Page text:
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More Tools or More Teachers?
by Paul J. Baicich

There isn't a month that passes that a new bird book or app does not appear. We are so lucky! We have books aplenty on all sorts of aspects of bird watching and nature study. You want a special book on seawatching, warblers, hawks, gulls, shorebirds, hawks, feeder-birds, or more?  You got it! We are also awash in apps. Best of all, they are inexpensive. And have you tried that fascinating "Merlin Bird Photo ID" from the Cornell Lab of Ornithology? It presents us with amazing photo-identification features that seemed inconceivable only five years ago.
And did I mention optics? We have good binoculars that can be bought for under $250. These are quality binoculars whose clarity was not available a generation ago for under $1,200. We are so lucky!
These are all tools. No, these are not hammers or wrenches, but they are objects we use to get a task accomplished. In this case it's identifying and enjoying birds, also providing us the information to help birds, whether in the backyard or across the hemisphere.
Could things be any better?
Perhaps, just perhaps, things could be much better.
Here's our problem as I see it: we have the tools... but we don't have the journeymen to teach the construction skills. (Sorry for the gender-biased journeymen, but I couldn't come up with a better word for this analogy!)
When our bird-watching and bird-education foremothers were leading in the efforts to imbue their students with a love of nature and of birds, theirs was the opposite problem. They had a small army of instructors many of whom had been virtually trained by their immediate predecessors in the earlier bird-protection movement - but they were lacking reliable materials, from books, to flyers, to optics. Nonetheless, they did very well, and we're the better for it.
Today, we have plenty of tools, but not enough teachers - instructors for children and instructors for adults - to assume a bird-education task in building a bird-literate society. The potential explanations for this contrast with the past were enumerated in a piece in I wrote the January issue of the BEN Bulletin but what is emphasized here is the oddity of having the tools today, but not having enough teachers.
Frankly, the public - young and old - cannot be expected to pick up bird study on their own, even with a remarkable supply of books and apps. It gets too frustrating without skilled mentors or teachers; it gets lonely without colleagues. What's more, field experience is not simply ID and interpretation, but ethical behavior and a value system that combines experience with sharing and with conservation. It's tough to learn those elements alone from a book, and I challenge anyone to show how that can be acquired from an app.
We have the tools. Now, how do we train dedicated instructors?

Audubon Camp Celebrates 80 Years! 
By Pete Salmansohn, National Audubon Society

Photo Credit: Stephen Kress

When adults hear the word "camp", they immediately associate that storied American place with happy children out on summer vacation along with their own long-ago memories of fun and new friends, learning to swim and canoe, and the thrill of spooky stories told at night in the glow of a campfire.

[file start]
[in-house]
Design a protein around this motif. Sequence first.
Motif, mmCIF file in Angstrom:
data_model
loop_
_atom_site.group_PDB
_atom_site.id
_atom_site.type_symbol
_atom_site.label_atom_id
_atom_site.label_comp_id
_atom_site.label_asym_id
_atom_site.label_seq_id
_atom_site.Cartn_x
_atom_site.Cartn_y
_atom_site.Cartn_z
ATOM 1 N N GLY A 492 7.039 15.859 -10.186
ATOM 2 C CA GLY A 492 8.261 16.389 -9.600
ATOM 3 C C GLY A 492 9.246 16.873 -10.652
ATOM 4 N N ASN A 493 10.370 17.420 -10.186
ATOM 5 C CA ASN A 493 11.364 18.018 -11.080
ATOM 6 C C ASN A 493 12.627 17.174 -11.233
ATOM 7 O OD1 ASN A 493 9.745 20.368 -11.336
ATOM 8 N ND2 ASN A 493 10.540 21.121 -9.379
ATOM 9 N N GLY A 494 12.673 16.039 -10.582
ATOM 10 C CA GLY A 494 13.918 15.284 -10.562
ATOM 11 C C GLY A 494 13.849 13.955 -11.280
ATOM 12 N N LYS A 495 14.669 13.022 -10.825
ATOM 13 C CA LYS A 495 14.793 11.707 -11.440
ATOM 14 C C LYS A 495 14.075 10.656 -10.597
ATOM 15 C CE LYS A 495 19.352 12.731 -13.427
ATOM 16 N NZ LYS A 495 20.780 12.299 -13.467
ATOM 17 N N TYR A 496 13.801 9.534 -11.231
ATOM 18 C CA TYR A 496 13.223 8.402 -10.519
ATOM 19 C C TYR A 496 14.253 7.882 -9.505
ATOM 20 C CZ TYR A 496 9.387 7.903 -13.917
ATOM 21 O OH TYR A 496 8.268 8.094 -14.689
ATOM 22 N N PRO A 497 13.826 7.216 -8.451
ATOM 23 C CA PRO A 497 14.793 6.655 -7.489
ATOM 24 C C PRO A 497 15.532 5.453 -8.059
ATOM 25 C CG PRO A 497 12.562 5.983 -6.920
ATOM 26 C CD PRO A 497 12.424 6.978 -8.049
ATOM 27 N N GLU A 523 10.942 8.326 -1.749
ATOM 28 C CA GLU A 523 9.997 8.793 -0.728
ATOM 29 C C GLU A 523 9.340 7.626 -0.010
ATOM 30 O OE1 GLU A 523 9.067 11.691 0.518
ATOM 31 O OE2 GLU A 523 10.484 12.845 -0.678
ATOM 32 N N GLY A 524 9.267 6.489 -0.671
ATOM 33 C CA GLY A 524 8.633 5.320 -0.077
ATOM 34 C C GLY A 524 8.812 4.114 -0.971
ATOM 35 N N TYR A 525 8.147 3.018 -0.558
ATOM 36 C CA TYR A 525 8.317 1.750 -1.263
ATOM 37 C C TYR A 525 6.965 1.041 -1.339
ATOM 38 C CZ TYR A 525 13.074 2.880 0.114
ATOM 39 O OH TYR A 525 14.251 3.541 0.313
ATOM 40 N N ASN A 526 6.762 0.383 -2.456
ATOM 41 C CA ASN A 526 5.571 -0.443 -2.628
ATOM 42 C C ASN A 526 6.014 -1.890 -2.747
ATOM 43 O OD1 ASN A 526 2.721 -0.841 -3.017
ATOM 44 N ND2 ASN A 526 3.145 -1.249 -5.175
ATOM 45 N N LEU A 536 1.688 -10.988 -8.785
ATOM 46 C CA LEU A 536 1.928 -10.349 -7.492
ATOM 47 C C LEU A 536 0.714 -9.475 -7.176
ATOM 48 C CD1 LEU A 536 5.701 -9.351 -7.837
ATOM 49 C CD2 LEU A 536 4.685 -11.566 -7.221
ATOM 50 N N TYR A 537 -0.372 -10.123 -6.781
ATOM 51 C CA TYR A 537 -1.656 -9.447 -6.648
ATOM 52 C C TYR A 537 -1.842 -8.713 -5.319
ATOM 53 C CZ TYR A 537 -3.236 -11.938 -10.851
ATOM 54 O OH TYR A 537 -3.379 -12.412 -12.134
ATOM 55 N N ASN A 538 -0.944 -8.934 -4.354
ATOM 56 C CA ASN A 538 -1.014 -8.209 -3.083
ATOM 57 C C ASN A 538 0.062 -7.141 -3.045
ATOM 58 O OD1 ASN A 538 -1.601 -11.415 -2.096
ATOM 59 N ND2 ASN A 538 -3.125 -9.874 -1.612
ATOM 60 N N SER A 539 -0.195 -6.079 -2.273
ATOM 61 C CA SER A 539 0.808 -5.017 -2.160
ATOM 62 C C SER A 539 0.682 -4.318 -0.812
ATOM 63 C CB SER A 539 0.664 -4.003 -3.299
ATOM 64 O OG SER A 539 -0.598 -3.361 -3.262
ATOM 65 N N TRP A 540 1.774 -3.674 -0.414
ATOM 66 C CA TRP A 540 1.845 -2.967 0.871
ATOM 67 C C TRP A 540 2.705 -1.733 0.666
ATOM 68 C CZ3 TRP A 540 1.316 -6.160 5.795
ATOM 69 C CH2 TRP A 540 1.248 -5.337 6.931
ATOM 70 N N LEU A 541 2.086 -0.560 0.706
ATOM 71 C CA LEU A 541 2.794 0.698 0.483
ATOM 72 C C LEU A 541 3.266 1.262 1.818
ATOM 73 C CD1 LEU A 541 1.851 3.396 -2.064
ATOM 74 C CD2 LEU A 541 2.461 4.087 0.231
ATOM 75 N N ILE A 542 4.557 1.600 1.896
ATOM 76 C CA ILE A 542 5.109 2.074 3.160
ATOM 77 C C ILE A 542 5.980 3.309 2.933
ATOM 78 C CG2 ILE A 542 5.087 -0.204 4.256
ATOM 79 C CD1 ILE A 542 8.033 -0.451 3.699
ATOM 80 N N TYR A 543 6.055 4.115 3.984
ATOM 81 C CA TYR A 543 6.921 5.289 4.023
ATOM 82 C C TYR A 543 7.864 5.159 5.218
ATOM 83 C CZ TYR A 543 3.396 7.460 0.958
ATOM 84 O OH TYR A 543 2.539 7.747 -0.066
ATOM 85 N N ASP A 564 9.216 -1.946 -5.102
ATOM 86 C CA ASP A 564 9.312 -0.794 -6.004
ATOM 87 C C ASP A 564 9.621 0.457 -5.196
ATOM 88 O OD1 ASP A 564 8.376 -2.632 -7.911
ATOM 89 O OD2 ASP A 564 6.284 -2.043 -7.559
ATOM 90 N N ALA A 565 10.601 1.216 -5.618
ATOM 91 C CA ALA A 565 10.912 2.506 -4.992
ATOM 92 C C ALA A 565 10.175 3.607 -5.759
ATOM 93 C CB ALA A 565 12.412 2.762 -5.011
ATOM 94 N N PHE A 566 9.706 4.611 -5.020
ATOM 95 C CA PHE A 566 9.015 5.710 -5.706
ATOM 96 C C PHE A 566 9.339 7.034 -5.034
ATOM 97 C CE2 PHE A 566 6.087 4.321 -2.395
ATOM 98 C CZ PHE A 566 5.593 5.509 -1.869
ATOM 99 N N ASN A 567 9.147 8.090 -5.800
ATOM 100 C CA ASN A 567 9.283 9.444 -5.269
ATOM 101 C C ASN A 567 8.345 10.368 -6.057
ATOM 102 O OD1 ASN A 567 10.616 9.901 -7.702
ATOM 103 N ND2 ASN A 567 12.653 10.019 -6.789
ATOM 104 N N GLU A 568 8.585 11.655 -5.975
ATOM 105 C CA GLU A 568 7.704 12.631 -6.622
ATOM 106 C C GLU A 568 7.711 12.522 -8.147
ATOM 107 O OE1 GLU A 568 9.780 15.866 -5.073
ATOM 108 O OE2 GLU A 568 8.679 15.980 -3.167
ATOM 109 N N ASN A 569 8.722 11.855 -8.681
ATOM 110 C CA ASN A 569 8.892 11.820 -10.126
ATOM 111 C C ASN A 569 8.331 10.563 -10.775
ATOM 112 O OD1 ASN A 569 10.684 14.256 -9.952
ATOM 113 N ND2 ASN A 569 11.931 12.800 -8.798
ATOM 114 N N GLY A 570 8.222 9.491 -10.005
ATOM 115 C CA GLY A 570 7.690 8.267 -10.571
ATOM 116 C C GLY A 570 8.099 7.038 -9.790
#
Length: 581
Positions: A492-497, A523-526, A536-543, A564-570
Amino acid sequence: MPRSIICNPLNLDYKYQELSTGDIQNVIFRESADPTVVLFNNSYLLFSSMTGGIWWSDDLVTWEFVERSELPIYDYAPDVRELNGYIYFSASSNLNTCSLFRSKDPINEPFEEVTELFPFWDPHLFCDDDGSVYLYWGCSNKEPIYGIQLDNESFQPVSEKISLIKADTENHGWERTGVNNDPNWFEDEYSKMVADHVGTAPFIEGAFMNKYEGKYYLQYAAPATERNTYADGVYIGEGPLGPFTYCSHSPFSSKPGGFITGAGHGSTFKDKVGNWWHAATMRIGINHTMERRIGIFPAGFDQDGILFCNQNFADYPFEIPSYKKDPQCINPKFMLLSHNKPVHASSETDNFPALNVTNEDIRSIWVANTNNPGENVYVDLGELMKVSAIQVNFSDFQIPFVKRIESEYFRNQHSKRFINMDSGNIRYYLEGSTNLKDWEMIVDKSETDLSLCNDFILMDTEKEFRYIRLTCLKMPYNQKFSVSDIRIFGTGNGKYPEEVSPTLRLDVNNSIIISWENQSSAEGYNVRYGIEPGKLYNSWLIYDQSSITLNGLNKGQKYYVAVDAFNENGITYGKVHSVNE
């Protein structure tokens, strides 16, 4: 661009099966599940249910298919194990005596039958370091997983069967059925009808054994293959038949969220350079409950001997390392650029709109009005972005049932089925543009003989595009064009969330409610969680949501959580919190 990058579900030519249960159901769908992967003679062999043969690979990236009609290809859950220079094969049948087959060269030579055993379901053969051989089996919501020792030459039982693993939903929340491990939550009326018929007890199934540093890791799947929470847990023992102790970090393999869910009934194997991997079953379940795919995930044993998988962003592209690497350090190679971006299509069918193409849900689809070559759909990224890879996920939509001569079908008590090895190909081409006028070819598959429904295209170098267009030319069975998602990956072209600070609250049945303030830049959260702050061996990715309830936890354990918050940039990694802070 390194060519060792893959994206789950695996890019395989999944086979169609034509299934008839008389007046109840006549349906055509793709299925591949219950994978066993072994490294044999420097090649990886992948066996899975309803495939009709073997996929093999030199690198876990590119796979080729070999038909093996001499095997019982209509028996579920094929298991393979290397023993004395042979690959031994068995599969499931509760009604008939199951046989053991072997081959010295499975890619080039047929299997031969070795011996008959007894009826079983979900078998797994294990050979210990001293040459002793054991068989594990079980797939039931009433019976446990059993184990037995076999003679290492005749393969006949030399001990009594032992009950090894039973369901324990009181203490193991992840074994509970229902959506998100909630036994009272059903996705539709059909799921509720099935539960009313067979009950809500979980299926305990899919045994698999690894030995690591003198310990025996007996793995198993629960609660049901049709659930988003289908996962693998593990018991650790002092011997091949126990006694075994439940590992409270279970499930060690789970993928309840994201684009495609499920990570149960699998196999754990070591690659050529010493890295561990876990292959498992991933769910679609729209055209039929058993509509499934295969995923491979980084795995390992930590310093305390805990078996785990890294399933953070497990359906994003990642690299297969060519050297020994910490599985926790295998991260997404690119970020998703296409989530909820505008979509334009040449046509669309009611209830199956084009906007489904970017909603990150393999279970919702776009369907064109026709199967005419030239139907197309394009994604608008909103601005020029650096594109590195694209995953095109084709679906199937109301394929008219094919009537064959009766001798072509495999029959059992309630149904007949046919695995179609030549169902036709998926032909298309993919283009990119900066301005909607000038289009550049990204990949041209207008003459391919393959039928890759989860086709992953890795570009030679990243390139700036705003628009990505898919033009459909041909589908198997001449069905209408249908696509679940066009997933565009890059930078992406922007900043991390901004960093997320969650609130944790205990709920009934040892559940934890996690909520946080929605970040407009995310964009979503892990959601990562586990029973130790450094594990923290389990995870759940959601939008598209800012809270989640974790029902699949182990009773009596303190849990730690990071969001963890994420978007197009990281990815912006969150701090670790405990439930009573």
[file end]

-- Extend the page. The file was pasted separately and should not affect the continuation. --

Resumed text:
The Audubon Camp in Maine, however, is a summer place largely for adults, and has been, remarkably so, since its founding. In 1936, Roger Tory Peterson was hired as an Ornithology Instructor for the teachers and youth leaders who came for two-week coastal ecology sessions to a lovely, spruce-covered  island, in Muscongus Bay.

In recent years, the Hog Island Audubon camp, which is now under the direction of Dr. Steve Kress, began to specialize in a wide variety of six-day birding and ornithology programs, from "Breaking into Birding" which introduces basic topics such as field identification, to "Hands-On Bird Science", a methods session teaching skills in bird-banding, study skin preparation, sound recording, etc.  Each session has nationally-known expert Instructors on-hand to share their knowledge and skills including Pete Dunne, Scott Weidensaul, Laura Erickson, and Dr. Frank Gill. There are exciting field trips to the restored Atlantic Puffin and tern colony nearby, as well as to many other habitats. 

Hog Island Camp will celebrate it's 80th anniversary this summer! Registration is open and scholarships are still available for the June session. Visit Hog Island's website to see why so many people return year after year to this beloved destination for birders. 

Photo Credit: Jon Reis
Education in Action
Photo Credits: Jo Fessett

Educators had a "wings-on" learning experience assisting with waterfowl research at the Stephen A. Forbes Biological Station on the Illinois River near Havana (IL) this month. Waterfowl Researcher, Heath Hagy, walked teachers through the process of placing transmitters on American Green -Winged Teal and Gadwall for one of the many research projects undertaken at the Station since 1894.  This training was organized by Illinois Audubon Staffer, Jo Fessett, and hosted by the Environmental Education Association of Illinois.
The Bird Education Network (BEN) was created following the February 2007 National Gathering, hosted by the Council for Environmental Education (CEE). BEN is a CEE initiative that seeks to connect and support a community of bird education professionals. 
Over 4,000 individuals representing 300 organizations receive communications and engage in professional dialogue through the BEN-administered Bird Education Listserv
To learn more about us, read the BEN publication, "Toward a National Bird Education Strategy".

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